After a 7-Year Bull Market, the Dow 20,000 Milestone may Indicate the Party is Over
On January 6th, 2017, The Dow Jones Industrial Average — the most well known of indices — came within 36.2 points of the coveted 20,000 milestone. The DJIA will inevitably hit this mark at some point – the debate is whether or not it will be a cause for celebration or concern.
Below is a brief history of DJIA Milestones and 50-Year Charts:
The Dow closed at a humble 40.94 on its first day, May 26, 1896. It took the Dow nearly 10 years to reach its first milestone of 100 on Jan. 12, 1906. (Bloomberg)
The Dow consisted of companies with obscure names like Distilling & Cattle Feeding and Tennessee Coal & Iron, these obscure companies repaid investors with a return of 145% since the Dow’s inception. (1728.org)
That’s a rather disappointing return: a meager 0.8% over those four decades.
It consisted of two of the most infamous bear markets in history — the Dow declined by 47% from November 1919 to August 1921. This first scare was followed by the Roaring Twenties, and the Dow returned a whopping 497% from August 1921 to September 1929. That was then followed by the notorious Great Depression (The Dow gave up 89% of its value from September 1929 to July 1932.)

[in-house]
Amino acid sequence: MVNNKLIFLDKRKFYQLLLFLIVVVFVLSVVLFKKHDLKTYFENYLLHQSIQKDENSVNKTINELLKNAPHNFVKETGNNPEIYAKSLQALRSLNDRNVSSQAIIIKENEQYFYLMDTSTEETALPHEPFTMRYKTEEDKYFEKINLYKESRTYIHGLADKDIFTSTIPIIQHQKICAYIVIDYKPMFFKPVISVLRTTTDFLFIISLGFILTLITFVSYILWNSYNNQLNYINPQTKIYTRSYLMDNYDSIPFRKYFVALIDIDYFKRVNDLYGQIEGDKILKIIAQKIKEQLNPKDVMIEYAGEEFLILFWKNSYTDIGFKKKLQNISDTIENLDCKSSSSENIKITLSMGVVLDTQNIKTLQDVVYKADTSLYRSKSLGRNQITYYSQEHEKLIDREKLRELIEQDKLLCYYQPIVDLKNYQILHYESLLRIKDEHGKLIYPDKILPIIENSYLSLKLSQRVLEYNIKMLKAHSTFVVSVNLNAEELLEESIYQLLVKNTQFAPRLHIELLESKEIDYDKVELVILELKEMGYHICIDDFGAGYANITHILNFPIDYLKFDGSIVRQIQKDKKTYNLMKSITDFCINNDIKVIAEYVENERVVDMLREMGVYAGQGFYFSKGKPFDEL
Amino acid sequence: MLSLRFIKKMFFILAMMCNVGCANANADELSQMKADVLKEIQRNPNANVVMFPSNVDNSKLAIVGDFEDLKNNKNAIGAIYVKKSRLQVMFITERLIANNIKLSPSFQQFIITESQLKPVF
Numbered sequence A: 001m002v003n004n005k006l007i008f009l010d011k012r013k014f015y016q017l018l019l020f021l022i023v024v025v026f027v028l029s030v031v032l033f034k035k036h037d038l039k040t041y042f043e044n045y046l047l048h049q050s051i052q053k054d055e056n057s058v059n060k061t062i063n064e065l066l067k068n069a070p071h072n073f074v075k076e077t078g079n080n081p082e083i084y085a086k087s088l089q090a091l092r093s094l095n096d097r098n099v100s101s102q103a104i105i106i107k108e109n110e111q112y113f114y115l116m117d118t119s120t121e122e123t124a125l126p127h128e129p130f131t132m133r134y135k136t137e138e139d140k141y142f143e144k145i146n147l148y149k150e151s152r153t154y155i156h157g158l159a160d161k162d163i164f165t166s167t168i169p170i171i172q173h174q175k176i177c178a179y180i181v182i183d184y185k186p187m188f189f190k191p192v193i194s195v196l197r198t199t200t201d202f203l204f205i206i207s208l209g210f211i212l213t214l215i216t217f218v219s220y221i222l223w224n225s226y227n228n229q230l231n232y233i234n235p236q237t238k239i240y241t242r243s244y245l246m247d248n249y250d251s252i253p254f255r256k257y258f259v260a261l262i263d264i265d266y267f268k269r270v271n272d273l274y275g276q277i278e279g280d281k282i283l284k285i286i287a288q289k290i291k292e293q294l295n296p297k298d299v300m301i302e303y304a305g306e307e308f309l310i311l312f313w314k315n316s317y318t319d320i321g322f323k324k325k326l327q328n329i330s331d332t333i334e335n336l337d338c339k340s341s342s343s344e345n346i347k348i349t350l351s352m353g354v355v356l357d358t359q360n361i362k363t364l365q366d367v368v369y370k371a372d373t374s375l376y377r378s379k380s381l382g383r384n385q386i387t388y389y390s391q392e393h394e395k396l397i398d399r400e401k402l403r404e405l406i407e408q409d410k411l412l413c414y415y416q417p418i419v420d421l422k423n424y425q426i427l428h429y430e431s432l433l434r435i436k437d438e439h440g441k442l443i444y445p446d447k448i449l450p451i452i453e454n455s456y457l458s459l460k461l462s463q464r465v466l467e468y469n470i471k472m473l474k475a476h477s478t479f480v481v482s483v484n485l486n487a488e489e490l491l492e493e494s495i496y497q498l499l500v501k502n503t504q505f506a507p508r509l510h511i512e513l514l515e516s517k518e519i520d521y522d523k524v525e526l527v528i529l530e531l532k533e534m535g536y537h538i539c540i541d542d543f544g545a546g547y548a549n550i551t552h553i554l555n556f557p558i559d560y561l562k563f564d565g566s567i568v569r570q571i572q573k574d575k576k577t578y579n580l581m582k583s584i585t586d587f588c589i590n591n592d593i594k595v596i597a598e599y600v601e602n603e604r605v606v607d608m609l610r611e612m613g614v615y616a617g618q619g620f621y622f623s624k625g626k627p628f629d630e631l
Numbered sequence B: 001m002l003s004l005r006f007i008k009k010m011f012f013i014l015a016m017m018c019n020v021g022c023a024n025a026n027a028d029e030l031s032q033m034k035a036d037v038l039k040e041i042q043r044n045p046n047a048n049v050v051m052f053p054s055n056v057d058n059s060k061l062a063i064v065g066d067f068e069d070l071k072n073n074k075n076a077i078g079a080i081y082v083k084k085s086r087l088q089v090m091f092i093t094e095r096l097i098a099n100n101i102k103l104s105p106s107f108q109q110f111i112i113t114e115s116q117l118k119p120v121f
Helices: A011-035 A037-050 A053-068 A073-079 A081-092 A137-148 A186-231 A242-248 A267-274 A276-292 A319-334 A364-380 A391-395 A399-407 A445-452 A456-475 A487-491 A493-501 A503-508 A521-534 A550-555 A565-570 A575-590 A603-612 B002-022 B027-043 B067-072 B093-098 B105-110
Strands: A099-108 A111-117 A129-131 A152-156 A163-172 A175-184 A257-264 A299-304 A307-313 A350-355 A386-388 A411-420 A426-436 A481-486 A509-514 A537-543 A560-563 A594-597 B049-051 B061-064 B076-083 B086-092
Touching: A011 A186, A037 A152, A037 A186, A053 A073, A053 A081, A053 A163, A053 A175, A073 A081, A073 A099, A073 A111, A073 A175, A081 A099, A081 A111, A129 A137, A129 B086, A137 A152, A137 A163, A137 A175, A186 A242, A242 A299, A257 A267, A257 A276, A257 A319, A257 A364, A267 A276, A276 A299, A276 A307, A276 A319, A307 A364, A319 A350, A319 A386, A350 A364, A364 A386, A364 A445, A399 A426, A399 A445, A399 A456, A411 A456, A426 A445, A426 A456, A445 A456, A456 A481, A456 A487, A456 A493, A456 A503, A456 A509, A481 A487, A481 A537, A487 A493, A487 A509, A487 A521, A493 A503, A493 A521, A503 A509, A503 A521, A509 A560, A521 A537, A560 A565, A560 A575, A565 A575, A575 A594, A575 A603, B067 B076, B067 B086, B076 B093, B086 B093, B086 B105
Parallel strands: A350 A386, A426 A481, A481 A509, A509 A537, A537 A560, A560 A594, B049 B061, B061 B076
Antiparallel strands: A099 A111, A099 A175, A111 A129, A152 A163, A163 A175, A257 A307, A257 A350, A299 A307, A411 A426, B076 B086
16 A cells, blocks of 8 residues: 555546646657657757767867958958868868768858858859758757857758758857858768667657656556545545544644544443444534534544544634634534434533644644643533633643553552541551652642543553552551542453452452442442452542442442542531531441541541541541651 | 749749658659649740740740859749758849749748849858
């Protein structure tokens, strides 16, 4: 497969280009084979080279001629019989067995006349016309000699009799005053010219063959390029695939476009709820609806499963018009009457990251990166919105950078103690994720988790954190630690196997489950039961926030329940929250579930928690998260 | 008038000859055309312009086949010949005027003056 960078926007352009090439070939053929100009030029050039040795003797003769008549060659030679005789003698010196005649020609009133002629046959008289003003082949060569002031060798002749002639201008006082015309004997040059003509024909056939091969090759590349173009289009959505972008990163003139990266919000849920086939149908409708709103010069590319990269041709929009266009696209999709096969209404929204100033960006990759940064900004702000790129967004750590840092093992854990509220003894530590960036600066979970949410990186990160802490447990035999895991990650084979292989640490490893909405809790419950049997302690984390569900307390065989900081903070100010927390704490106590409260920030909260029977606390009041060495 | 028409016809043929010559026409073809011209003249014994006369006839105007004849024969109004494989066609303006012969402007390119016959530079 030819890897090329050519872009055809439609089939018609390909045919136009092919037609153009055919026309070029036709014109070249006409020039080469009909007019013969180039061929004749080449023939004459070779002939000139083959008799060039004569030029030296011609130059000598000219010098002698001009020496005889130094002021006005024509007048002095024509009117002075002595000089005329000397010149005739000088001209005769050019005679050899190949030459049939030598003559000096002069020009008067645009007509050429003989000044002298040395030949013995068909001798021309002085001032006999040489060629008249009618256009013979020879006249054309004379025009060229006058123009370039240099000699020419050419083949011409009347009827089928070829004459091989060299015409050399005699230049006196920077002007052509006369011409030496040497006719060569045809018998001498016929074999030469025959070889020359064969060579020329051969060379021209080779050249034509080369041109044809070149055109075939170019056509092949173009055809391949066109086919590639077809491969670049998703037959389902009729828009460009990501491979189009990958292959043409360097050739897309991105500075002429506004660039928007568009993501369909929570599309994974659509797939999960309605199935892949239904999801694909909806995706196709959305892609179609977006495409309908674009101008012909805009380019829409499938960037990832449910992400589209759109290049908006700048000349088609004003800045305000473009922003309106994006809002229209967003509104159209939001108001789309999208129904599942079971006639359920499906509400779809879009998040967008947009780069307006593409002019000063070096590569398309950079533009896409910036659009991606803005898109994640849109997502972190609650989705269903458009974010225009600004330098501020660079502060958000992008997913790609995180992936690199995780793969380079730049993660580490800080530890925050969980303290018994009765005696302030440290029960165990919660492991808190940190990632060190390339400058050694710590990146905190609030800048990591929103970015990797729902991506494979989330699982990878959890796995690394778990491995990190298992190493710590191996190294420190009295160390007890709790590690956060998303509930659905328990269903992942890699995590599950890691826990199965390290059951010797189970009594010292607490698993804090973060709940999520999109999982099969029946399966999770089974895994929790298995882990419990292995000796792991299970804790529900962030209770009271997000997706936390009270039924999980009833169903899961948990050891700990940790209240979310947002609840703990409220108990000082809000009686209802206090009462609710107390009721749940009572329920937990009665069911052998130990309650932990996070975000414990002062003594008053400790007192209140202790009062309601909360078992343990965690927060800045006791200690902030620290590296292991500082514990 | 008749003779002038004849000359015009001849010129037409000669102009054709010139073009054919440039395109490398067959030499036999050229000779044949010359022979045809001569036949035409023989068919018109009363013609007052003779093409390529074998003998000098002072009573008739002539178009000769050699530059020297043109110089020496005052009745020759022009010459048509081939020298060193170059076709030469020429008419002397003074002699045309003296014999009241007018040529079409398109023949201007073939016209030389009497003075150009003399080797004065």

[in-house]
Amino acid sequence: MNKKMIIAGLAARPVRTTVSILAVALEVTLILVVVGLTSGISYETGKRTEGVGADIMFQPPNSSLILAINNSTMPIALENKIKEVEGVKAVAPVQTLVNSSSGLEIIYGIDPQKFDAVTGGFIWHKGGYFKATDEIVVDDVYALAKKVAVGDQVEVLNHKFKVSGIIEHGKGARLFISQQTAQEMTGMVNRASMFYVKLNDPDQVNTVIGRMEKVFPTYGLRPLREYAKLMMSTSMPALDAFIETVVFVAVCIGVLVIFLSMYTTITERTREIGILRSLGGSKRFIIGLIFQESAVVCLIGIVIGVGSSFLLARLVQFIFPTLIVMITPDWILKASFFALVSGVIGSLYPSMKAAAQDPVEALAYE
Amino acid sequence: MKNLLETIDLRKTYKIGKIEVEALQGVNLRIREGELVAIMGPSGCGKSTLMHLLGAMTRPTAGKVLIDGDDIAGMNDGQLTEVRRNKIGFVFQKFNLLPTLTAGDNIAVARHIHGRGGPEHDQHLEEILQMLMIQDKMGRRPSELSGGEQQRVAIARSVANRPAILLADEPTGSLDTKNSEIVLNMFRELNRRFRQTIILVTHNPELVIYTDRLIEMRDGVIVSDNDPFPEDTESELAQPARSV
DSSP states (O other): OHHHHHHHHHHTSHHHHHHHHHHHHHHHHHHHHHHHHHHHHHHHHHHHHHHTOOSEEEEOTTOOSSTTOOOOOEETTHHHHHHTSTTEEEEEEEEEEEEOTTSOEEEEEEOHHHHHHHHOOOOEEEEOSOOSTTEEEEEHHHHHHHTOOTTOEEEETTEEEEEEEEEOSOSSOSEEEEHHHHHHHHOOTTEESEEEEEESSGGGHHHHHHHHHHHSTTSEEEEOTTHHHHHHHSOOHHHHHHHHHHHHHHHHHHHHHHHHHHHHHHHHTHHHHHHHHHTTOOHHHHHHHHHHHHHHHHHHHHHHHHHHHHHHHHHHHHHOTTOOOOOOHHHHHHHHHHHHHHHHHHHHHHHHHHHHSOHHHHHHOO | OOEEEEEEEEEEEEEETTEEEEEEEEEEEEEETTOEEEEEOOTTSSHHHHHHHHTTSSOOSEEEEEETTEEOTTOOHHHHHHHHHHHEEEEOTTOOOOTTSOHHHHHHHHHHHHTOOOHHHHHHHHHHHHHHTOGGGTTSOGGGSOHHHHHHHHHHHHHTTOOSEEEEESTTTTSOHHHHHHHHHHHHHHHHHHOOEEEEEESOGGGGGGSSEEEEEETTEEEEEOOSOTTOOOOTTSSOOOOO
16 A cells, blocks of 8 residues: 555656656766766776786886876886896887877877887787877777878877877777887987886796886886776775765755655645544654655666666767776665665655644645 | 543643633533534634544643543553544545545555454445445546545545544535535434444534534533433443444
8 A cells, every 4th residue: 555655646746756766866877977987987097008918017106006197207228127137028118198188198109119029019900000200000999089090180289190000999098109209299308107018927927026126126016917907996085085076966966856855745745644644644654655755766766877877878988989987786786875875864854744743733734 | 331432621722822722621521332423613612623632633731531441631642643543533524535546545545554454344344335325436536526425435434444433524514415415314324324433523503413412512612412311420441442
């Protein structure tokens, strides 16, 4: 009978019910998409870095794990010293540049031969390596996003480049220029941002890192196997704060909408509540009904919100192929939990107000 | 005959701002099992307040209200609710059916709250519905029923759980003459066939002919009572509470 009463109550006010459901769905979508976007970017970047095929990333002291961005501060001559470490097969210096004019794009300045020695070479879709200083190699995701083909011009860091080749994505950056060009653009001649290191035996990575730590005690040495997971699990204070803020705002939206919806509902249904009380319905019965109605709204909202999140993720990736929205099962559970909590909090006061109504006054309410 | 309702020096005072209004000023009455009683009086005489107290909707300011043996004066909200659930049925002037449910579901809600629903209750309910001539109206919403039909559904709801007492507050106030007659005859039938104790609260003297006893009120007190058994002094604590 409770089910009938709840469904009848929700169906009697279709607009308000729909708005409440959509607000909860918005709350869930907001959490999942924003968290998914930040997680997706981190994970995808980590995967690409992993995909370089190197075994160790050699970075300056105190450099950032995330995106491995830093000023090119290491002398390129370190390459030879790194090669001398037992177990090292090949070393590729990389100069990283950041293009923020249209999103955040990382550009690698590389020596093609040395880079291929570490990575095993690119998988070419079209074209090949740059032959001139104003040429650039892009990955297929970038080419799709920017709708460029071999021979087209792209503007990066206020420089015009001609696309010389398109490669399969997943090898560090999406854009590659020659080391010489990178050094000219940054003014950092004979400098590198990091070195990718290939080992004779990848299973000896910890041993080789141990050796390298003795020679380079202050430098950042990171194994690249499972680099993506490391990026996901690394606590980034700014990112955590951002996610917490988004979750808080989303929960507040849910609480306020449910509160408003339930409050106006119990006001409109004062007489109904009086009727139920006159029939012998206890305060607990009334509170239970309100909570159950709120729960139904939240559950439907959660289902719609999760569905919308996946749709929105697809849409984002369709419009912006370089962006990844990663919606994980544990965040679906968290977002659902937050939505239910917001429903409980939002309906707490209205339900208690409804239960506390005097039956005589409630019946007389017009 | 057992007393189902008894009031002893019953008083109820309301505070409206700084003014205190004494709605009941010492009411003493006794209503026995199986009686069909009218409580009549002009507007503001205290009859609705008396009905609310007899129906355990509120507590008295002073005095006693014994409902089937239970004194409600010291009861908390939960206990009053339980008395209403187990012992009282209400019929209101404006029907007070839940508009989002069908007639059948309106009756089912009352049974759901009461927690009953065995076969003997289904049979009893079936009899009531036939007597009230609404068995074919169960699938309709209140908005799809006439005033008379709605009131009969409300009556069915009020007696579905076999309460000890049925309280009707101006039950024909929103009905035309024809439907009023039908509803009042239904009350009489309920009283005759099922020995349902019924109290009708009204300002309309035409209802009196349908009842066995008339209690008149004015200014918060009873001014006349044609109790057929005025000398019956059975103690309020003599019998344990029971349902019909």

There would be one last scare during that 36-Year period. After recovering from the depths of the Great Depression, the Dow tumbled 49% from March 1937 to March 1938. It would take four more years for the Dow to finally cross over 100 for the last time.
The Dow closed at 1,003.16 on Nov. 14, 1972. The Dow had returned 892% during the three decades from May 1942 to November 1972 — a nearly tenfold increase. (Bloomberg)
It’s popularly known (and recalled by older investors) that investors were exuberant about the Dow’s new milestone. It was the height of the “Nifty Fifty” craze — the idea that anyone could get rich by buying the 50 most popular large-cap U.S. stocks. Investors were oblivious to the pending decade-long disappointment that lay ahead.
The “Nifty Fifty” craze came to an abrupt end when then Dow tumbled 45% from January 1973 to December 1974. The Dow would revisit that 1,000 level several times for eight years, finally turning the corner on Dec. 17, 1982, when it closed at 1,011.5. The Dow returned just 0.8% during that decade.
The Dow closed at 10,006.78 on March 29, 1999, near the height of the dot-com bubble. The Dow returned 889% from December 1982 to March 1999 (Bloomberg).
Many of you likely remember that euphoric era – when anyone with a discount brokerage account was deemed a prosperous millionaire. But with more than a hundred years of the Dow’s history behind investors, they should have known the celebration was premature.
In a mirror-like fashion to the 70’s, the Dow fell 38% from January 2000 to October 2002. Again, it would take eight years for the Dow to leave 10,000 behind for good. The Dow returned 1.4% during that decade from March 1999 to August 2010.
When the Dow finally reaches 20,000, it will have returned 97% since August 2010. This is definitely a call for celebration when it comes – but investors be wary, it may mark the beginning of a new – and perhaps drier – chapter.